Whenever I give my “Why we walk the way we do” lecture as I did again last week at our gait course (click here to read some of the delegates comments from the Course Evaluation Forms) it makes me think in more detail of some of the biomechanics. This time it made me think more about the swing phase pendulum. In a sense this mechanism is too obvious and we perhaps don’t think enough about it.
There is a historical perspective. The Weber brothers, writing in 1836, assumed a simple pendulum action and came up with a lot of calculations based on elementary physics to support their assumption. Shortly afterwards, however, Guillame Duchenne, noted that he had several patients with isolated flaccid paralysis of the hip flexors who had to walk with circumduction to clear their limb. This suggested an active rather than passive mechanism. It was this question that drove the amazing work of Braune and Fischer in the late 19th century. They confirmed Duchenne’s clinical observation that initiation of swing is an active process.
In my lecture I gloss over this a bit leaving the assumption that the pendulum motion during swing is an energy conserving process. It struck me this year that an indication of whether this is the case is to look at the hip moment. A good definition of a simple, energy conserving pendulum is one in which no moment is exerted at the pivot (hip). Looking at the hip moment (above, taken from the notes I prepared for the course) it appears to have three phases in swing. In early swing a marked hip flexor moment is exerted accelerating the limb, through middle swing the moment is essentially zero (we do have a simple pendulum movement) and in late swing the hip extensors are active to decelerate the limb.
In a paper that I’ve only just discovered, Holt et al. (1990) do some calculations to estimate natural frequency of the lower extremity and suggest that the actually frequency of swing is about 40% higher. Doke et al. (2005) confirmed this and also showed that if someone just stands and swings their leg then energy consumption is indeed very low at this frequency and considerably higher at frequencies more normally associated with those of self-selected walking speeds.
I also seem to remember that when I’ve seen scaled up passive dynamic walking machines (which genuinely do use minimal energy through using a free pendulum mechanism, see video above) they walk much slower than we do. Given the rigour with which these guys normally do their work I suspect that they’ll have some theoretical calculations that suggest that walking could be even more efficient if we walked closer to this resonant frequency. I think the Dynamic Walking group are meeting in Zurich this week, it would be interesting to see if any of them could comment.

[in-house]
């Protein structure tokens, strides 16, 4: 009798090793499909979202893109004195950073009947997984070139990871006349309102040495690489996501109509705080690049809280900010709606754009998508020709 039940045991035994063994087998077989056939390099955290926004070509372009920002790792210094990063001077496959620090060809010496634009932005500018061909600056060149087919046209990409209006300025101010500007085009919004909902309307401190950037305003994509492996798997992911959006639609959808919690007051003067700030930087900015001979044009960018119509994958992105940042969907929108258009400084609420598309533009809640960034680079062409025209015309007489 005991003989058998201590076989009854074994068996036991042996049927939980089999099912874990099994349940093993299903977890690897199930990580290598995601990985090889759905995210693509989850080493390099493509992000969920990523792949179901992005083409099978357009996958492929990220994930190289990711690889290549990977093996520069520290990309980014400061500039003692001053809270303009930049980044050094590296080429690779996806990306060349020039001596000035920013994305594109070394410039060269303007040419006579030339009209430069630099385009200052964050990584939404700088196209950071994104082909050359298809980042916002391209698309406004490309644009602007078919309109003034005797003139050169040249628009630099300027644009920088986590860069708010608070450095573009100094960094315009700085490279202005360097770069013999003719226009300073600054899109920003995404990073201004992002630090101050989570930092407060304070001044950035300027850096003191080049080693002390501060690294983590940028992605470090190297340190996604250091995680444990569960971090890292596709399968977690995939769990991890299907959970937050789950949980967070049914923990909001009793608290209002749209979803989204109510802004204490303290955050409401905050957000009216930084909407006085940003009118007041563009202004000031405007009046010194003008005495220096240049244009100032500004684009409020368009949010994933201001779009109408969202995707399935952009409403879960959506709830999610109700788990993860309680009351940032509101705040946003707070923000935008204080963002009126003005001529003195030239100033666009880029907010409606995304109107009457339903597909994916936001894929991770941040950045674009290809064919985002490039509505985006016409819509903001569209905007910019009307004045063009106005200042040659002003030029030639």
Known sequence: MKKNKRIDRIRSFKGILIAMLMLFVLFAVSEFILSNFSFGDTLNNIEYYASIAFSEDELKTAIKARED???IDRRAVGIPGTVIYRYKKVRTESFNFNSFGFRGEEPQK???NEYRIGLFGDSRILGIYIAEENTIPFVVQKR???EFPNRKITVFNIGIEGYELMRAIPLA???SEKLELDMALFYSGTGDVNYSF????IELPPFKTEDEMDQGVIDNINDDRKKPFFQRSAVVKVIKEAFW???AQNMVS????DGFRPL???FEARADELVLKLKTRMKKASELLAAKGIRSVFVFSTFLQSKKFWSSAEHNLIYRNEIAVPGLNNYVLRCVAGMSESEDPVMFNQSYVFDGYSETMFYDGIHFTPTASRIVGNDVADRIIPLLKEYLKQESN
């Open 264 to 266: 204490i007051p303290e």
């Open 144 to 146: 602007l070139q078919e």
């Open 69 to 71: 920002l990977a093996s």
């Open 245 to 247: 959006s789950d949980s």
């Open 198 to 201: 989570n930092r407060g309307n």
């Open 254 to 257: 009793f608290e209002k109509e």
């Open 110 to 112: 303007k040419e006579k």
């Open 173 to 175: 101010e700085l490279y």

We thus reach the same conclusion as Braune and Fischer, that this is a forced pendulum, i.e. that it is being forced to swing considerably faster than its natural frequency. This takes energy and thus the simplistic assumption that having something that looks like a pendulum gives us movement for free is seen to be misleading. It could but it doesn’t.
It reminds us that whilst minimising energy cost is an important factor in determining how we walk it is not the only factor. Using the language of Jim Gage (2009) there are a number of attributes of walking. Energy efficiency is one of these but the dynamics of the double pendulum are also critical to at least two others, clearance in swing and appropriate step length. To understand walking we need to understand the inter-relationships between all these attributes rather than focussing on just one. Maybe one day I will!
PS It is also worth noting that it is only a simple or compound pendulum that has a natural frequency. A double pendulum, which is a better model of the swing limb, does not generally have a cyclic motion and has a period that varies somewhat from cycle to cycle. The inverted pendulum is the mechanism by which the mass of the whole body is moved forward and is thus probably more important for the energetics of walking. It does not have a natural frequency at all.
Doke, J., Donelan, J. M., & Kuo, A. D. (2005). Mechanics and energetics of swinging the human leg. Journal of Experimental Biology, 208, 439-445.